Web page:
India has paid its 2023 annual contribution of $30.54 million to the UN budget, according to a UN spokesperson.
India was among the 43 countries on its "honour roll" so far for having paid their assessments to the budget, Stephane Dujarric, the Spokesperson for Secretary-General Antonio Guterres, said on Monday.
India's contribution was received on Friday according to the UN.
India's share is assessed at 1.044 per cent of the total budget of $3.217 billion.
Although that works out to $33.592 million, it is given a credit of $3.052 million that the UN collects from its Indian employees in lieu of the income taxes they would have had to pay.
The rate of budget assessments for each of the 193 member countries is worked out by a complex formula that is based on gross national income (which is the gross domestic product plus income from abroad), debt burden and an adjustment for per capita income using the principle of the "capacity to pay".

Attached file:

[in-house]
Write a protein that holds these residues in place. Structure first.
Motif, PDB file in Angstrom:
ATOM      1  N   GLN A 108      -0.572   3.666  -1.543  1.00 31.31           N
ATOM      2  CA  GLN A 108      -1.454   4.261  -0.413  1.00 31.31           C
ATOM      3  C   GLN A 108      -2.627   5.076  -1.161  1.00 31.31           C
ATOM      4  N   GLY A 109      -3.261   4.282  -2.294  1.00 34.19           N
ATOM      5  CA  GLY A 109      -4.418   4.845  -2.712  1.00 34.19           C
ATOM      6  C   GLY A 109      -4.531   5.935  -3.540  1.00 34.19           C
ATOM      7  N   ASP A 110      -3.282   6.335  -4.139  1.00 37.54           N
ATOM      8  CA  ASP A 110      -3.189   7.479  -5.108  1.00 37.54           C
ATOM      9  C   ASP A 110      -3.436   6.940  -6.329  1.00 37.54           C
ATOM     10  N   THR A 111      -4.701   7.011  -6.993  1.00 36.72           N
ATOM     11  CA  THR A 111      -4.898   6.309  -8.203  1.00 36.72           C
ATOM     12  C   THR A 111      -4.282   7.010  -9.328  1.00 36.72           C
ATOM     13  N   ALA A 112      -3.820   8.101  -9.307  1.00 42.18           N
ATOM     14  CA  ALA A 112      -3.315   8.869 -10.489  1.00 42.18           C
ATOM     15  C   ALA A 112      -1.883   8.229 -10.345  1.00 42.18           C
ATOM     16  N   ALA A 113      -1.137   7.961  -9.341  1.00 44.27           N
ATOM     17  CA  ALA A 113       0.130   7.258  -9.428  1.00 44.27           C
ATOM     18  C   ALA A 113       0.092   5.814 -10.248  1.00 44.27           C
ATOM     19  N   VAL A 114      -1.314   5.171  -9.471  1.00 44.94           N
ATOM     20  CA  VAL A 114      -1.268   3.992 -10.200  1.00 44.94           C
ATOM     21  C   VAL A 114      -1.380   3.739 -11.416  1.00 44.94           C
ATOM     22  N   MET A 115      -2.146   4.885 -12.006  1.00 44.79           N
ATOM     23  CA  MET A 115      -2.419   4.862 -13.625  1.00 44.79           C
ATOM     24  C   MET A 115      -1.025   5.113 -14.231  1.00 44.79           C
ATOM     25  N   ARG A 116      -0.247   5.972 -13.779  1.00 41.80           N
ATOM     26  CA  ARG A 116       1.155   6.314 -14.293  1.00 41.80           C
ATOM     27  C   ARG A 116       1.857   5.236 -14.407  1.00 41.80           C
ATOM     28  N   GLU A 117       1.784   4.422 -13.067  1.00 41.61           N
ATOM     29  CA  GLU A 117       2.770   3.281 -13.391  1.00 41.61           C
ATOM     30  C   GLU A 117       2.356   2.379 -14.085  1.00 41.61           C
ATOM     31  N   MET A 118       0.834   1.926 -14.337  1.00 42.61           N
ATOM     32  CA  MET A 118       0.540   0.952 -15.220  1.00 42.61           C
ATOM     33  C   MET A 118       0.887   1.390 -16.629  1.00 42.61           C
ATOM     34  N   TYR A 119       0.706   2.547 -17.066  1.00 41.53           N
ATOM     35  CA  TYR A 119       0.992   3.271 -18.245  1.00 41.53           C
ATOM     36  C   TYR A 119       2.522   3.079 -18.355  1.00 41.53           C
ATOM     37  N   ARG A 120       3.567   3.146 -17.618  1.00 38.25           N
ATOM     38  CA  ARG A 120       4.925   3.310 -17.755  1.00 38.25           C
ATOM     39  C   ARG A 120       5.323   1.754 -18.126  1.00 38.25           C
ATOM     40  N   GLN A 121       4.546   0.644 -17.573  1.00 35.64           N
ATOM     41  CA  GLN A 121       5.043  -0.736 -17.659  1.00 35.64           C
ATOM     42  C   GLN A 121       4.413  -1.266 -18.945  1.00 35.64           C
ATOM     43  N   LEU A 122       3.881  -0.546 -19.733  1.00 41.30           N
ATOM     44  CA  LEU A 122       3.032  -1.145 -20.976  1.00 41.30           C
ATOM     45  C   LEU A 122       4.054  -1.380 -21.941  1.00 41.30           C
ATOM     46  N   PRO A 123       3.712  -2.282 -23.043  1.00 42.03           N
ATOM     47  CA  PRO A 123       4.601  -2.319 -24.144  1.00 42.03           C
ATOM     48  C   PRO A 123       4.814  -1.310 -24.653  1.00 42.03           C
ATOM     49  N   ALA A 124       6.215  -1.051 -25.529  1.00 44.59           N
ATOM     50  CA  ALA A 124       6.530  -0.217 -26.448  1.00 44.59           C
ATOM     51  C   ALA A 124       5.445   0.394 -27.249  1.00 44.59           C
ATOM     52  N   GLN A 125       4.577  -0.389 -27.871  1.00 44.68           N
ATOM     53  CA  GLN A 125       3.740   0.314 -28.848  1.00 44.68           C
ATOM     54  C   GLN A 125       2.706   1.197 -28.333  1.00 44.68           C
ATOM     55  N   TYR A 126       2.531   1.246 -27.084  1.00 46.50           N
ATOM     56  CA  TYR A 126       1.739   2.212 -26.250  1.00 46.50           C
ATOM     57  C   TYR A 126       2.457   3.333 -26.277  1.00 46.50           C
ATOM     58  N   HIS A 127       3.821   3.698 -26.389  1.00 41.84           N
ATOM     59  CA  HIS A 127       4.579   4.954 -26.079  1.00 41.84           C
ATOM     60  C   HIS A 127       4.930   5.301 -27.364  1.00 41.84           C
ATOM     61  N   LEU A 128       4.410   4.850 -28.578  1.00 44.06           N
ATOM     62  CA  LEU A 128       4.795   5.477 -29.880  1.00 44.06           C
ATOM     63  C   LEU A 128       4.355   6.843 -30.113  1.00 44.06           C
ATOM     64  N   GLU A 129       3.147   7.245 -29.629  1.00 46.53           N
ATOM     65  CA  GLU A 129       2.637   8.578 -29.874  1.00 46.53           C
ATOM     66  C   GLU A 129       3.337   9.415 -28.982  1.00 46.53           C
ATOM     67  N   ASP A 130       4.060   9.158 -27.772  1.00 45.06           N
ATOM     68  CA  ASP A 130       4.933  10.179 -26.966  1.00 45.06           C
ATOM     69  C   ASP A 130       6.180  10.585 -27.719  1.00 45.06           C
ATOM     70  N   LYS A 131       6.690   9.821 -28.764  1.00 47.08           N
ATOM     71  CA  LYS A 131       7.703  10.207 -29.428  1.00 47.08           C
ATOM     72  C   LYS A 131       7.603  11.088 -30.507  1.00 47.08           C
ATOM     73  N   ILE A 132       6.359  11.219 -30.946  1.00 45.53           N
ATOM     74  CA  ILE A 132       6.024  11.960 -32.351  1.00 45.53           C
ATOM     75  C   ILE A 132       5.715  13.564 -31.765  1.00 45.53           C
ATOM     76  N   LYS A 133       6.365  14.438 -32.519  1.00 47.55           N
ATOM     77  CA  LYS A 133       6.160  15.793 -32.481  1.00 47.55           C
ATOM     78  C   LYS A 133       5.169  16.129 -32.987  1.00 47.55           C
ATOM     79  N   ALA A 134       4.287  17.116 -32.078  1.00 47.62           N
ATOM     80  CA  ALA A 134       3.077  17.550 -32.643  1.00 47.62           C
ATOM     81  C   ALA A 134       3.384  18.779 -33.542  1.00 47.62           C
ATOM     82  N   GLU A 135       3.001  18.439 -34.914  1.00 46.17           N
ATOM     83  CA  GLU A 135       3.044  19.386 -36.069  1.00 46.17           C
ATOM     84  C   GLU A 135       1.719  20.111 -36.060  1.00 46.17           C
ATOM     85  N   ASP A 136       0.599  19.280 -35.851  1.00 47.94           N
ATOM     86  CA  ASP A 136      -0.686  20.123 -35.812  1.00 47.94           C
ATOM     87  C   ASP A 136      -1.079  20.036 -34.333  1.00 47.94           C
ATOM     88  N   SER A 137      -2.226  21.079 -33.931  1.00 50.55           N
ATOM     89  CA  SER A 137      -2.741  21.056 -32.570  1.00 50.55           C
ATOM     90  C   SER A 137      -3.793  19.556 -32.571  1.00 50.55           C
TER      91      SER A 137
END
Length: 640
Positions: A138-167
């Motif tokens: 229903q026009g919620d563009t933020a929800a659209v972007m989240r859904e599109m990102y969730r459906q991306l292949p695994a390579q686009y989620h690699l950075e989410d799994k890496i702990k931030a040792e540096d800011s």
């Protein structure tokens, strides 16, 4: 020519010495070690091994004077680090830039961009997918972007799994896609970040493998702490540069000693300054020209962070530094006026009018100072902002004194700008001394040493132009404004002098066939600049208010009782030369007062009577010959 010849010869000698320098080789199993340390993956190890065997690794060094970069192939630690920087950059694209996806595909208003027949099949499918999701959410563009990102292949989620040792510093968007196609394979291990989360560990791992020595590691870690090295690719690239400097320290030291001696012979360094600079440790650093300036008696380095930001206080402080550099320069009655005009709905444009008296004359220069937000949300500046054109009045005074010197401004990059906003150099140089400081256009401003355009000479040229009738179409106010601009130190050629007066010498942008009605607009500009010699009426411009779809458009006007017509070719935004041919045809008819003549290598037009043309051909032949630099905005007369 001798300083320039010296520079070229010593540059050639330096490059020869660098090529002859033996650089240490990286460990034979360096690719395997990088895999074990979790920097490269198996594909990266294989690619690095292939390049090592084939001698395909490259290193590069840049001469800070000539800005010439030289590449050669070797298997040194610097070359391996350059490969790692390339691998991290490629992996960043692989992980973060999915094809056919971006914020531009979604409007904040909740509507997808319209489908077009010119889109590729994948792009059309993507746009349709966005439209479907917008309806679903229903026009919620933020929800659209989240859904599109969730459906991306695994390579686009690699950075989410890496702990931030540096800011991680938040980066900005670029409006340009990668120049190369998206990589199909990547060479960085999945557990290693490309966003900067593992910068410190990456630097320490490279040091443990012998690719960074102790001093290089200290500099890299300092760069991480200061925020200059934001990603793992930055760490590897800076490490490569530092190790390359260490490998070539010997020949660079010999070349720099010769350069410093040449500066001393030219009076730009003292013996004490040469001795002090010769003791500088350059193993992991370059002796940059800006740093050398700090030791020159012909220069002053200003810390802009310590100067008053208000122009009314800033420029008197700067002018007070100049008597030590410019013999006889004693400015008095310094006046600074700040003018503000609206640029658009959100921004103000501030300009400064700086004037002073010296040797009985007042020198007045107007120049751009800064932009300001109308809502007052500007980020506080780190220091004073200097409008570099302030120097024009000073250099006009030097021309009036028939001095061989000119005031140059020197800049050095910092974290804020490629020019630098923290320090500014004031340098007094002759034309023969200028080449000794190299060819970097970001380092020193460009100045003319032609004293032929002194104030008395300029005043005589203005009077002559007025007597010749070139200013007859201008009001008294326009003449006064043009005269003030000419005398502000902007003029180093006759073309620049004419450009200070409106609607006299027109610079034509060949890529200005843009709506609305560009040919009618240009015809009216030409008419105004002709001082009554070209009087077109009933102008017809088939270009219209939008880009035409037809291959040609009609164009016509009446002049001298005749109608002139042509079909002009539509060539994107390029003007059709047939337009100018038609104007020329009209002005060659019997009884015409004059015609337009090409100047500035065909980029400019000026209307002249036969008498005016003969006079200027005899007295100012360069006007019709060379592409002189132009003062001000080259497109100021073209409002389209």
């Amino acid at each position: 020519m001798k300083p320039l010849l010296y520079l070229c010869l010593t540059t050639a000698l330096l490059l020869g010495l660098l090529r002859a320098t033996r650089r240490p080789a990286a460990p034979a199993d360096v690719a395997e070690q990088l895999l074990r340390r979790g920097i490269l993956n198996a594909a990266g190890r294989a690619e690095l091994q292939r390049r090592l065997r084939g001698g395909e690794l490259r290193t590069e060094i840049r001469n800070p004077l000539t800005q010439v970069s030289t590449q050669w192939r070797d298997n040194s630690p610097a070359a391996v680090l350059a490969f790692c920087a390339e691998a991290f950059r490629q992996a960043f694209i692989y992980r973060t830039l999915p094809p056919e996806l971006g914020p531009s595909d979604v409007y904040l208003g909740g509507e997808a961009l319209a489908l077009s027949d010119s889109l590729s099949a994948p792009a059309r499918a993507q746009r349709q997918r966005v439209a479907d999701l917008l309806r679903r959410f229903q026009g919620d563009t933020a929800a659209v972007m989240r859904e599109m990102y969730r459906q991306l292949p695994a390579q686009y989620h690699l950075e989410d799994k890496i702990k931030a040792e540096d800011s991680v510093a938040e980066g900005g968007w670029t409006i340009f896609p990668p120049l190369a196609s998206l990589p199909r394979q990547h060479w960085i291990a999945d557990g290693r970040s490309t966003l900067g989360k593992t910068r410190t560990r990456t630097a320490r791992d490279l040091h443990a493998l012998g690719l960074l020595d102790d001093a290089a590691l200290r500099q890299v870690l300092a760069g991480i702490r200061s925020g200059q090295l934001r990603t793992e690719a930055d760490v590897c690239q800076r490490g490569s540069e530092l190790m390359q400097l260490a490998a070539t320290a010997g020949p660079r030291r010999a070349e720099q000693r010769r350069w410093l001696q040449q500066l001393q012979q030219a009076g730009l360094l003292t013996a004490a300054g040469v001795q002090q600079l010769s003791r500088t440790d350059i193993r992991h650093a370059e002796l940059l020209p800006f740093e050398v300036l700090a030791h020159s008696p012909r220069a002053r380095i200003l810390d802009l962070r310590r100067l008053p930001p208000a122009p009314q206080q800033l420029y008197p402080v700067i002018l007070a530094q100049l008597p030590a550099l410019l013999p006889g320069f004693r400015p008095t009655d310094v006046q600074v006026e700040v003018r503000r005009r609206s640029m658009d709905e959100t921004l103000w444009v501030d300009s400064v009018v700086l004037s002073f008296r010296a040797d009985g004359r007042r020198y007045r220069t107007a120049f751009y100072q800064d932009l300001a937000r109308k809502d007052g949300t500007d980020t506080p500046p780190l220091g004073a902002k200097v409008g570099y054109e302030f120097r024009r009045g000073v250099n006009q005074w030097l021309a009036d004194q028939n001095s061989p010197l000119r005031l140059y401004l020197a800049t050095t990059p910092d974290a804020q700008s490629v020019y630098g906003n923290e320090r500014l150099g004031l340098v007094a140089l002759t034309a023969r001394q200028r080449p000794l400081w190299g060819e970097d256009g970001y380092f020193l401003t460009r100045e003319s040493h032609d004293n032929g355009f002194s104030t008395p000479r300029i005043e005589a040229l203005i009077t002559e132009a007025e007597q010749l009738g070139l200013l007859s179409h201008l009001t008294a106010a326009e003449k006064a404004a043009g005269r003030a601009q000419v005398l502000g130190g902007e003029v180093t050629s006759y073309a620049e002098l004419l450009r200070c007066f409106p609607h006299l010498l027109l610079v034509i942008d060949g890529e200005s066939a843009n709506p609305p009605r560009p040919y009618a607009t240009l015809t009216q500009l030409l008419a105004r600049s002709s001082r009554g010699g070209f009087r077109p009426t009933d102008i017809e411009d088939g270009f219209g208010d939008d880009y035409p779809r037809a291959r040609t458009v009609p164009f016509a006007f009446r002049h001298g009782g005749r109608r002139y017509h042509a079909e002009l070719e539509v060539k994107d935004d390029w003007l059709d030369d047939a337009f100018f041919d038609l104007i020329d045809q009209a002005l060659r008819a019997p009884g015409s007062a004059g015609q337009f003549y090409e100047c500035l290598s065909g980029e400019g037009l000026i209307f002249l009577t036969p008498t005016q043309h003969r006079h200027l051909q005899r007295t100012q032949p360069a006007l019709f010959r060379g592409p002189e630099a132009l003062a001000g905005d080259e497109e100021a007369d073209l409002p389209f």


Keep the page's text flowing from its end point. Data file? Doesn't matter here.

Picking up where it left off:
Although India boasts of being the world's fifth-largest economy, its assessment is brought down by the low per capita income diminishing its "capacity to pay".
This puts its assessment lower than some fellow developing countries like Brazil with an assessment of 2.013 per cent or Mexico at 1.221 per cent.
The assessment for the US is 22 per cent, which is the highest that can be set for a country, working out to $707.897 million.
China comes next with an assessment of 15.254 per cent or 490.83 million.
Britain, the size of whose economy was overtaken by India, pays $140.775 million or 4.375 per cent to be the fifth-largest contributor with Japan being the third and Germany the fourth.
In addition to the main UN budget, countries also have to make contributions based on similar formulas to the budgets for capital, peace-keeping and international tribunals.